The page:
We students pay a lot of money to attend post-secondary education in Canada and yet we do not get a lot of say in how we learn. It’s time we get to make an impact on our own learning experience, use tools we find helpful and have professors who have a knowledge of these tools. I want to see a more universal online approach to learning, with the same caliber of education I can get during an in-class experience.

 

 

 

Gaming, digital futures and Curtis Bonk! | Day 2 at #DEANZ14 Conference

Sara Humphreys:

Wonderful overview of a conference I am sure we all wish we could have attended!

Originally posted on Disrupt & Transform:

Last week, I managed to attend a day of the DEANZ conference, a great opportunity to catch up with those involved in research and practice related to e-learning and distance education in the schooling and tertiary sectors.

While one day couldn’t really capture the conference as a whole, there were a few takeaways for me that made me wish I’d managed all three days!

2014-05-01 09.18.58Keynote:  David Gibson – Games and Simulations

Associate Professor at Curtin University, David’s focus is in supporting university departments to further e-learning design as part of their programmes.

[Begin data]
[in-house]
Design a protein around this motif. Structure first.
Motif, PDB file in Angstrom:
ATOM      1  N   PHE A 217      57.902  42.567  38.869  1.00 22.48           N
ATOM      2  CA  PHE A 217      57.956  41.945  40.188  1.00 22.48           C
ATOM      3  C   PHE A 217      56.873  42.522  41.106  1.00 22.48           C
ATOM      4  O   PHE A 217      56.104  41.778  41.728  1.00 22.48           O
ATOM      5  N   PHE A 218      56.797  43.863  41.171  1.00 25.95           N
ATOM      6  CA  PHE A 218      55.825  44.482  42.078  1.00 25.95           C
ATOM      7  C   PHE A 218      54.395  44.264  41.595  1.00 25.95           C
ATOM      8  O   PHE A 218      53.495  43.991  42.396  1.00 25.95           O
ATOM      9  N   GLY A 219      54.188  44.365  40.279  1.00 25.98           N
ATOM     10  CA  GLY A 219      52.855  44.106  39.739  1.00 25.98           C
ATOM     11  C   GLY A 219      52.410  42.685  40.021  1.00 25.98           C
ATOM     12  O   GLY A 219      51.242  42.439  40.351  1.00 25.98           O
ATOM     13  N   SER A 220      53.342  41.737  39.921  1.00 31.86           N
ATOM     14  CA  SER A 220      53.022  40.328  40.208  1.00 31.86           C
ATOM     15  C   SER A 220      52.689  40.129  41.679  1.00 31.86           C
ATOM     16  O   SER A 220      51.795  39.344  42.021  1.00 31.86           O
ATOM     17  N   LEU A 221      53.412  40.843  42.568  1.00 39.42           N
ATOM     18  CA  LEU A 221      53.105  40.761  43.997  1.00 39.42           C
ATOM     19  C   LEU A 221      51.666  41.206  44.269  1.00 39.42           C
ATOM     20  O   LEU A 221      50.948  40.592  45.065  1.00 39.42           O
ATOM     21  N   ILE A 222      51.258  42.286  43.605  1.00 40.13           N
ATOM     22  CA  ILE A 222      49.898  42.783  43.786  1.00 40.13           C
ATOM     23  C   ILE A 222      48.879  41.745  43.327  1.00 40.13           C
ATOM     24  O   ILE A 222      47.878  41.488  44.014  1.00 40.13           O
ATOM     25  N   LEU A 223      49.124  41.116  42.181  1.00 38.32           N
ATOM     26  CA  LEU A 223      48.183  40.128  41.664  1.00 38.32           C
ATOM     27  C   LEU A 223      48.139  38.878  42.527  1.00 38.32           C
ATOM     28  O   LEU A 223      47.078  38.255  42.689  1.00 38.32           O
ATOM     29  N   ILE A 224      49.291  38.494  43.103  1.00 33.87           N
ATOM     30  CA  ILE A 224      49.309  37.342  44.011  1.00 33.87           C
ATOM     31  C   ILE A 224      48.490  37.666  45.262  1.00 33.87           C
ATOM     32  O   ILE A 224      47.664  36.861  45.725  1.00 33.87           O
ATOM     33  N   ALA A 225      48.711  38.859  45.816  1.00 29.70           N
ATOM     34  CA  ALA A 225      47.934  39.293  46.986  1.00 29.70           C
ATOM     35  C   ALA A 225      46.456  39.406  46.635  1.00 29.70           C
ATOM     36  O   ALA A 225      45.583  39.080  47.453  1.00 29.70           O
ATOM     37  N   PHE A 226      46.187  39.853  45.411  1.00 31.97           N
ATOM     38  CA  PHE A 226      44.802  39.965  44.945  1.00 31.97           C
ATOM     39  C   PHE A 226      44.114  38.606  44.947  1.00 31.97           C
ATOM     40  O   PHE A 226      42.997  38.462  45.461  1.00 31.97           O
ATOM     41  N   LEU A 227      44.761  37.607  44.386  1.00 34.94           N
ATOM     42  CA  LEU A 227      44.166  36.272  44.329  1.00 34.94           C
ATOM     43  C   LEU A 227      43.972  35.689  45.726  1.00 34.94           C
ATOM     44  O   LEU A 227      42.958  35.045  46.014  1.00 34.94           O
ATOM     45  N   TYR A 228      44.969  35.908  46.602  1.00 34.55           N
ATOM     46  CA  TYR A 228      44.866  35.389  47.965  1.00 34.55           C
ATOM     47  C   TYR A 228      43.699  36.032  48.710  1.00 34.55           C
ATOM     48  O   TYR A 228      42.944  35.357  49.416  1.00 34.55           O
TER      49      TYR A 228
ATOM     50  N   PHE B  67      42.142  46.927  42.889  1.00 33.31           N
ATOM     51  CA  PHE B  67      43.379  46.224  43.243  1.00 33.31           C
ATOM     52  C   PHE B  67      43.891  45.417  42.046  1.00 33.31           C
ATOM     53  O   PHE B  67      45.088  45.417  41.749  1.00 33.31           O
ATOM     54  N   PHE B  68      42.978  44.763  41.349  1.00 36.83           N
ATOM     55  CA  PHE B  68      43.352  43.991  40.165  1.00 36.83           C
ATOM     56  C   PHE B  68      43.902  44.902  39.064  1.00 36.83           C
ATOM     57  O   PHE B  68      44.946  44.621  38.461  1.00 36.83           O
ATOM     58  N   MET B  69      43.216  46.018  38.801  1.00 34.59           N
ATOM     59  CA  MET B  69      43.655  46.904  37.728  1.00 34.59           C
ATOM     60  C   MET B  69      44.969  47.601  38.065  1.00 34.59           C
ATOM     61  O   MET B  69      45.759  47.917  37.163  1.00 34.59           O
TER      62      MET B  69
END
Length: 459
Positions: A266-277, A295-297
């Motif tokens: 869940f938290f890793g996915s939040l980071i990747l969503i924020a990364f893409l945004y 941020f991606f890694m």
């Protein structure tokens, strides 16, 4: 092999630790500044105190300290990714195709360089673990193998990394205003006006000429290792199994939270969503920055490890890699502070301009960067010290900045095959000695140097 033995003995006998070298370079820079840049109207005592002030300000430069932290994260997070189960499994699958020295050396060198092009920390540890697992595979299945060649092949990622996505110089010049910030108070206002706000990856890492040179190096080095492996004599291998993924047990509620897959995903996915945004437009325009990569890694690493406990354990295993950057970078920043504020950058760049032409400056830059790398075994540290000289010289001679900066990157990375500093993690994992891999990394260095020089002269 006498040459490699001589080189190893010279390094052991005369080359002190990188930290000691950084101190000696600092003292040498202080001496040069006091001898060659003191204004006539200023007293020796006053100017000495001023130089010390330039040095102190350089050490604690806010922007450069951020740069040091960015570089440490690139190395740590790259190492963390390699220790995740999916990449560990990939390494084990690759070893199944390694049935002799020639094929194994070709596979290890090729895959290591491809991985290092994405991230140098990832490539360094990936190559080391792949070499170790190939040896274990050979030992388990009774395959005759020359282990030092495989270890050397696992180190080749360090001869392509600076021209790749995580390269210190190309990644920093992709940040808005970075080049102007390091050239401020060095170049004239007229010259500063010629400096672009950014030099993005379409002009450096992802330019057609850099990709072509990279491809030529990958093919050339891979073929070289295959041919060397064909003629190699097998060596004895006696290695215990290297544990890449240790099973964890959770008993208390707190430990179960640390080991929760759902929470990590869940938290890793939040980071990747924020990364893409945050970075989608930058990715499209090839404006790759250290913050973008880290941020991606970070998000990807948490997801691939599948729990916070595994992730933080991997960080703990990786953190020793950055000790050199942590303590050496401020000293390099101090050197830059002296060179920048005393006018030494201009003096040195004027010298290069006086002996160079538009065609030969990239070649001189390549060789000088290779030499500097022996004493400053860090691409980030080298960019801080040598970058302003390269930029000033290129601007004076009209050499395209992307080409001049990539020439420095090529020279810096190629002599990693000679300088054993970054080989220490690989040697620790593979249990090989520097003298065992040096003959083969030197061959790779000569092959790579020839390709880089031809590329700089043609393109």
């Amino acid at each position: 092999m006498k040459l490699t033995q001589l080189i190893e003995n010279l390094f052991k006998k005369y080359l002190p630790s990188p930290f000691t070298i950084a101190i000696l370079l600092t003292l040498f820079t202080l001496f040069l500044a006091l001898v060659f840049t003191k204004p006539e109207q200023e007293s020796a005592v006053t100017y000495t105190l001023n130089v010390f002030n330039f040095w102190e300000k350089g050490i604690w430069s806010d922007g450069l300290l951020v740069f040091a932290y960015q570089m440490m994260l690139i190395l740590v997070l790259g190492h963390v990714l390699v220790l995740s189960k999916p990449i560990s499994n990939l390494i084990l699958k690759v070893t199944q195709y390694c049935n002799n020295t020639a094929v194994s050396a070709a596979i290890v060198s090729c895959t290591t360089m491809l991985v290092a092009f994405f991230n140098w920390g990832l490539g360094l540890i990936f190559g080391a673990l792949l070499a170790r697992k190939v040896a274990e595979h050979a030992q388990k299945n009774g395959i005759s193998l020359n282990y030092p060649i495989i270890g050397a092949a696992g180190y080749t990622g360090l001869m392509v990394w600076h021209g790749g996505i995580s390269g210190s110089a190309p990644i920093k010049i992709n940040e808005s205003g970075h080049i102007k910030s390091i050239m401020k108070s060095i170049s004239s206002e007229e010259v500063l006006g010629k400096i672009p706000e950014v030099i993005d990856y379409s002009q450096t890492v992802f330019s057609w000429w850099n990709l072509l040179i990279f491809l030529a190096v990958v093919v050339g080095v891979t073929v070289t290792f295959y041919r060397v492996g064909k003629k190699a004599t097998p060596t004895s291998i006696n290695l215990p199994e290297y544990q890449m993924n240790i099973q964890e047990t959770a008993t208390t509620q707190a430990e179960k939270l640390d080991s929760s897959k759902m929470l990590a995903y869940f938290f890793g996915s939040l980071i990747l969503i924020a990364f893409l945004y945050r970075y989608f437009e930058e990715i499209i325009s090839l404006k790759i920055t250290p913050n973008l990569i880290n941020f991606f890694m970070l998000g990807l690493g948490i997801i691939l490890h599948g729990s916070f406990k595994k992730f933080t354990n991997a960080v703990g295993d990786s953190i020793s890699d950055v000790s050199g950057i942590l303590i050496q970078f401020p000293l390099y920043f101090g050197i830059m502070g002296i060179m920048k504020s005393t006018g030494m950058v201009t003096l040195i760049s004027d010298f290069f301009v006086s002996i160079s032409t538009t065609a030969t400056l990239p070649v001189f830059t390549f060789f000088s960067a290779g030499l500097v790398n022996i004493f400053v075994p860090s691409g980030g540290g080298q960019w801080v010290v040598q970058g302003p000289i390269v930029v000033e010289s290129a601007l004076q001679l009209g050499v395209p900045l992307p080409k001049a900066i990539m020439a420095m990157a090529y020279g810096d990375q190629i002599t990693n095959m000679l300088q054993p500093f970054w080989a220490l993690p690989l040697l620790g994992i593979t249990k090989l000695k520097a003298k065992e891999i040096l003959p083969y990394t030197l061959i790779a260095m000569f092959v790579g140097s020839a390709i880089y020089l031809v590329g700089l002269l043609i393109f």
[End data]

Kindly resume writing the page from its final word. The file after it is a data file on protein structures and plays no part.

His keynote made some exciting (and mentally stretching!) points about the way gaming structures can enhance learning pathways. For example:

  • He…

View original 354 more words

What Using Google Docs in the Classroom Tells Me: We Need to Change Everything

I have been experimenting with Google Docs – I realize loads of teachers use this resource, and I am definitely not writing a how-to guide here. I am not even extolling the virtues of Googles Docs. Yes, it allows for online collaboration, and it’s relatively easy to use for those who have a fear of “digital anything.” What I am writing about here is the relief that students clearly felt at being able to collaborate without a central figure telling them how to learn. .